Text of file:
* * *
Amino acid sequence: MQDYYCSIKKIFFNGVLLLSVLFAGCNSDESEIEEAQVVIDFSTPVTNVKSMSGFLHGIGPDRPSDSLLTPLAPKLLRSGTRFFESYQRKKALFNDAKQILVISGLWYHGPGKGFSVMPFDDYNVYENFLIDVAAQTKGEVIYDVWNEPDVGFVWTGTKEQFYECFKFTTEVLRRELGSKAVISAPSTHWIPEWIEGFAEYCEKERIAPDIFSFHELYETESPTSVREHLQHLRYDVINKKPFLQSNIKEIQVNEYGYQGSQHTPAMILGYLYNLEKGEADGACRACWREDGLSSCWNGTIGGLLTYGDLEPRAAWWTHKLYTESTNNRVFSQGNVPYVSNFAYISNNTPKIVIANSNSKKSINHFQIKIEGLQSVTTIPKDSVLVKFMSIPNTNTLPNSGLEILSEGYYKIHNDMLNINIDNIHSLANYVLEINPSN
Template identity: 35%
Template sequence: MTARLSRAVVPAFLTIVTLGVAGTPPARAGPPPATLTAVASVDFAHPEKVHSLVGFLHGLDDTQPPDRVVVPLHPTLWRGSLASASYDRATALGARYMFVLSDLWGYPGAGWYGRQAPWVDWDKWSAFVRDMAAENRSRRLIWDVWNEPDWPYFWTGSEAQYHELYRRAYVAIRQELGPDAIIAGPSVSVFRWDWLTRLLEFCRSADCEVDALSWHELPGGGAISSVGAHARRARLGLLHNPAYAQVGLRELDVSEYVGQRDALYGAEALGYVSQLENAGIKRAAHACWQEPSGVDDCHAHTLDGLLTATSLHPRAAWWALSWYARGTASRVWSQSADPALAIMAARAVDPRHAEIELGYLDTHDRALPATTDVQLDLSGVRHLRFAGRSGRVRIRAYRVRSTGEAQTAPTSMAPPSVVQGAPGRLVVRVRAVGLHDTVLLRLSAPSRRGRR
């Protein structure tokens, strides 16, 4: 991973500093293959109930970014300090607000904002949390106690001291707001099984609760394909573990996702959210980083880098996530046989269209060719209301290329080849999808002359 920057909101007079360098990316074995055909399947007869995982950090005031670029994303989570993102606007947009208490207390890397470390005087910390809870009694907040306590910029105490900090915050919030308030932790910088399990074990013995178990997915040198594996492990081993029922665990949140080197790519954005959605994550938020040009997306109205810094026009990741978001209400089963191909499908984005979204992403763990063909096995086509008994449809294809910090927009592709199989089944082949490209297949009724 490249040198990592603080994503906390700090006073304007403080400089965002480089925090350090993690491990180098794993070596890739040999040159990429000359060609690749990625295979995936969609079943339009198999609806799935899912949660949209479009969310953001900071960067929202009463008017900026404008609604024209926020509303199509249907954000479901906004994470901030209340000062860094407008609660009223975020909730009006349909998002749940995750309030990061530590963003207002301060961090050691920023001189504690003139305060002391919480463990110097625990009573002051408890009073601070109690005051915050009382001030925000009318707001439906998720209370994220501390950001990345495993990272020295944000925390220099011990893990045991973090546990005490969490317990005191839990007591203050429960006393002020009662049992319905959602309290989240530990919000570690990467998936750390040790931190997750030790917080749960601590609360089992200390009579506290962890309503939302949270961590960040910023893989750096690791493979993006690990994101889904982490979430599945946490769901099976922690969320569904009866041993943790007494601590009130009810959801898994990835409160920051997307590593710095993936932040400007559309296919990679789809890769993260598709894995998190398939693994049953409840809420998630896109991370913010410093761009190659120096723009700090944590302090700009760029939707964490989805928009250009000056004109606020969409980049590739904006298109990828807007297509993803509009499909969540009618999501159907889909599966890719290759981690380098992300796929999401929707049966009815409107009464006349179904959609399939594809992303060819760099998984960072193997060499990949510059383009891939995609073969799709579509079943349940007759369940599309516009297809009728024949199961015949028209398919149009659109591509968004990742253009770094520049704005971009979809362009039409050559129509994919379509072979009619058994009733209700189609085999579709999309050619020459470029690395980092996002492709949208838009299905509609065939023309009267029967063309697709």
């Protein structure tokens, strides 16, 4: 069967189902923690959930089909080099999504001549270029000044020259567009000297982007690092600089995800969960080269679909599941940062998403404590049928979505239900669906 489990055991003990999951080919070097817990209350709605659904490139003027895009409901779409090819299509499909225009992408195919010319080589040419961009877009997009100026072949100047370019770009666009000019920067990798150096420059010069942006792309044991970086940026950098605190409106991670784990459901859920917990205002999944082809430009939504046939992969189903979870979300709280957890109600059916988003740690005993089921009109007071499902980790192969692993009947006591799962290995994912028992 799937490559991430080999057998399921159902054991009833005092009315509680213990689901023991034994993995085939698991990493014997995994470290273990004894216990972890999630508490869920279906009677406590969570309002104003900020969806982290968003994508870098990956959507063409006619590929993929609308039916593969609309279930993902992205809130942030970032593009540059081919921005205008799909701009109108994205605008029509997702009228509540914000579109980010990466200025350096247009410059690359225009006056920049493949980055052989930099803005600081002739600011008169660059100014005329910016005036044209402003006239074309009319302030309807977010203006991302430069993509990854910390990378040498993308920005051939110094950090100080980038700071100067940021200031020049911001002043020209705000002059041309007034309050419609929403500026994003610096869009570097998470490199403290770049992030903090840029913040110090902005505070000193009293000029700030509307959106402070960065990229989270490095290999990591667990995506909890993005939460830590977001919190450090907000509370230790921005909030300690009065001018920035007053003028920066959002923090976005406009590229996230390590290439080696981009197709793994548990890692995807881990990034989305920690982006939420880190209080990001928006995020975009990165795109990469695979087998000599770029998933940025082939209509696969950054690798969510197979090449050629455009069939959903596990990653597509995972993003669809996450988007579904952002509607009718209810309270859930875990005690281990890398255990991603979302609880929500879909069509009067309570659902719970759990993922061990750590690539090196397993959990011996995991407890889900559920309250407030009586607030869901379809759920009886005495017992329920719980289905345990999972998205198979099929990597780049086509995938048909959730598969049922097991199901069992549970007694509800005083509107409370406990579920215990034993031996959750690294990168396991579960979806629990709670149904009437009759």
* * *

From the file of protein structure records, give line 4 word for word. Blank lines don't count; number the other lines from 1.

């Protein structure tokens, strides 16, 4: 991973500093293959109930970014300090607000904002949390106690001291707001099984609760394909573990996702959210980083880098996530046989269209060719209301290329080849999808002359 920057909101007079360098990316074995055909399947007869995982950090005031670029994303989570993102606007947009208490207390890397470390005087910390809870009694907040306590910029105490900090915050919030308030932790910088399990074990013995178990997915040198594996492990081993029922665990949140080197790519954005959605994550938020040009997306109205810094026009990741978001209400089963191909499908984005979204992403763990063909096995086509008994449809294809910090927009592709199989089944082949490209297949009724 490249040198990592603080994503906390700090006073304007403080400089965002480089925090350090993690491990180098794993070596890739040999040159990429000359060609690749990625295979995936969609079943339009198999609806799935899912949660949209479009969310953001900071960067929202009463008017900026404008609604024209926020509303199509249907954000479901906004994470901030209340000062860094407008609660009223975020909730009006349909998002749940995750309030990061530590963003207002301060961090050691920023001189504690003139305060002391919480463990110097625990009573002051408890009073601070109690005051915050009382001030925000009318707001439906998720209370994220501390950001990345495993990272020295944000925390220099011990893990045991973090546990005490969490317990005191839990007591203050429960006393002020009662049992319905959602309290989240530990919000570690990467998936750390040790931190997750030790917080749960601590609360089992200390009579506290962890309503939302949270961590960040910023893989750096690791493979993006690990994101889904982490979430599945946490769901099976922690969320569904009866041993943790007494601590009130009810959801898994990835409160920051997307590593710095993936932040400007559309296919990679789809890769993260598709894995998190398939693994049953409840809420998630896109991370913010410093761009190659120096723009700090944590302090700009760029939707964490989805928009250009000056004109606020969409980049590739904006298109990828807007297509993803509009499909969540009618999501159907889909599966890719290759981690380098992300796929999401929707049966009815409107009464006349179904959609399939594809992303060819760099998984960072193997060499990949510059383009891939995609073969799709579509079943349940007759369940599309516009297809009728024949199961015949028209398919149009659109591509968004990742253009770094520049704005971009979809362009039409050559129509994919379509072979009619058994009733209700189609085999579709999309050619020459470029690395980092996002492709949208838009299905509609065939023309009267029967063309697709």